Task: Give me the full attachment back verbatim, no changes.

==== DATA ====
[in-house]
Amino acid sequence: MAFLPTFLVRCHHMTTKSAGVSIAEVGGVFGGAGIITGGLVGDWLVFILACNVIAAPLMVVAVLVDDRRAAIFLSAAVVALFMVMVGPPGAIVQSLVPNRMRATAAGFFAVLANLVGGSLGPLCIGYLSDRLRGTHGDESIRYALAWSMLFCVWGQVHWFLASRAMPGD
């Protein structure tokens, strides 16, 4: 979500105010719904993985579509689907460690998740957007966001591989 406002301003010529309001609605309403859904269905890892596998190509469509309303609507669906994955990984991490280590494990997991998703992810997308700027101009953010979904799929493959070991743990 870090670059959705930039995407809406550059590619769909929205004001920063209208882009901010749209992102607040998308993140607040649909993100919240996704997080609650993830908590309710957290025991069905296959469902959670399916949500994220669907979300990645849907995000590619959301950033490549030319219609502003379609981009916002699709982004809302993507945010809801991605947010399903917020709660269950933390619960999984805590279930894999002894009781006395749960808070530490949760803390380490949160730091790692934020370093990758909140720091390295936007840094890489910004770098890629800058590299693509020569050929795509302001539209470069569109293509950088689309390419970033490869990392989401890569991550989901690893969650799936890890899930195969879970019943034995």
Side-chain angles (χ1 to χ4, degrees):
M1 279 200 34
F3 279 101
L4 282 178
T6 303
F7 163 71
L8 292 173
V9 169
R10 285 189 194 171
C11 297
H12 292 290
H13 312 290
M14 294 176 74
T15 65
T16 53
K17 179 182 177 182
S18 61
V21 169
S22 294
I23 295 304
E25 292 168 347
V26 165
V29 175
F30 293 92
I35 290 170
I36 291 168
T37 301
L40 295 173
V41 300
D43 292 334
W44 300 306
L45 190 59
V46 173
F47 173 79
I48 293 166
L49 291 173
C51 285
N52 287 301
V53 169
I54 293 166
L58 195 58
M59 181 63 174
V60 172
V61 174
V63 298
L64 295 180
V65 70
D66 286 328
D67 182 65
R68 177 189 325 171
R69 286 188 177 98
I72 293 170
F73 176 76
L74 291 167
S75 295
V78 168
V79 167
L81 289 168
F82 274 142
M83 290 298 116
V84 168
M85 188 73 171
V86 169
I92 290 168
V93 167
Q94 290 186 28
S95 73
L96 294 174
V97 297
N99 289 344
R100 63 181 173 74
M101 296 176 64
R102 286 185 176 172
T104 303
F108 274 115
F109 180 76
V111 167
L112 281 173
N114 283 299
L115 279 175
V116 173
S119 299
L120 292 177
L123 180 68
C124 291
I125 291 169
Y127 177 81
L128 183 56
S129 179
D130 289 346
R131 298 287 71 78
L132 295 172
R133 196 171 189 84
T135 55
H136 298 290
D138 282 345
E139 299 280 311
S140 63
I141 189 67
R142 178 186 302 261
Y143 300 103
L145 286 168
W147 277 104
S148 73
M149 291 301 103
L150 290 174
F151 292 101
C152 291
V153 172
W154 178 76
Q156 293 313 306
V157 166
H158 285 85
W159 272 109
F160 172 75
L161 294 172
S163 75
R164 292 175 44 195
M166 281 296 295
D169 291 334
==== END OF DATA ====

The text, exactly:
[in-house]
Amino acid sequence: MAFLPTFLVRCHHMTTKSAGVSIAEVGGVFGGAGIITGGLVGDWLVFILACNVIAAPLMVVAVLVDDRRAAIFLSAAVVALFMVMVGPPGAIVQSLVPNRMRATAAGFFAVLANLVGGSLGPLCIGYLSDRLRGTHGDESIRYALAWSMLFCVWGQVHWFLASRAMPGD
């Protein structure tokens, strides 16, 4: 979500105010719904993985579509689907460690998740957007966001591989 406002301003010529309001609605309403859904269905890892596998190509469509309303609507669906994955990984991490280590494990997991998703992810997308700027101009953010979904799929493959070991743990 870090670059959705930039995407809406550059590619769909929205004001920063209208882009901010749209992102607040998308993140607040649909993100919240996704997080609650993830908590309710957290025991069905296959469902959670399916949500994220669907979300990645849907995000590619959301950033490549030319219609502003379609981009916002699709982004809302993507945010809801991605947010399903917020709660269950933390619960999984805590279930894999002894009781006395749960808070530490949760803390380490949160730091790692934020370093990758909140720091390295936007840094890489910004770098890629800058590299693509020569050929795509302001539209470069569109293509950088689309390419970033490869990392989401890569991550989901690893969650799936890890899930195969879970019943034995």
Side-chain angles (χ1 to χ4, degrees):
M1 279 200 34
F3 279 101
L4 282 178
T6 303
F7 163 71
L8 292 173
V9 169
R10 285 189 194 171
C11 297
H12 292 290
H13 312 290
M14 294 176 74
T15 65
T16 53
K17 179 182 177 182
S18 61
V21 169
S22 294
I23 295 304
E25 292 168 347
V26 165
V29 175
F30 293 92
I35 290 170
I36 291 168
T37 301
L40 295 173
V41 300
D43 292 334
W44 300 306
L45 190 59
V46 173
F47 173 79
I48 293 166
L49 291 173
C51 285
N52 287 301
V53 169
I54 293 166
L58 195 58
M59 181 63 174
V60 172
V61 174
V63 298
L64 295 180
V65 70
D66 286 328
D67 182 65
R68 177 189 325 171
R69 286 188 177 98
I72 293 170
F73 176 76
L74 291 167
S75 295
V78 168
V79 167
L81 289 168
F82 274 142
M83 290 298 116
V84 168
M85 188 73 171
V86 169
I92 290 168
V93 167
Q94 290 186 28
S95 73
L96 294 174
V97 297
N99 289 344
R100 63 181 173 74
M101 296 176 64
R102 286 185 176 172
T104 303
F108 274 115
F109 180 76
V111 167
L112 281 173
N114 283 299
L115 279 175
V116 173
S119 299
L120 292 177
L123 180 68
C124 291
I125 291 169
Y127 177 81
L128 183 56
S129 179
D130 289 346
R131 298 287 71 78
L132 295 172
R133 196 171 189 84
T135 55
H136 298 290
D138 282 345
E139 299 280 311
S140 63
I141 189 67
R142 178 186 302 261
Y143 300 103
L145 286 168
W147 277 104
S148 73
M149 291 301 103
L150 290 174
F151 292 101
C152 291
V153 172
W154 178 76
Q156 293 313 306
V157 166
H158 285 85
W159 272 109
F160 172 75
L161 294 172
S163 75
R164 292 175 44 195
M166 281 296 295
D169 291 334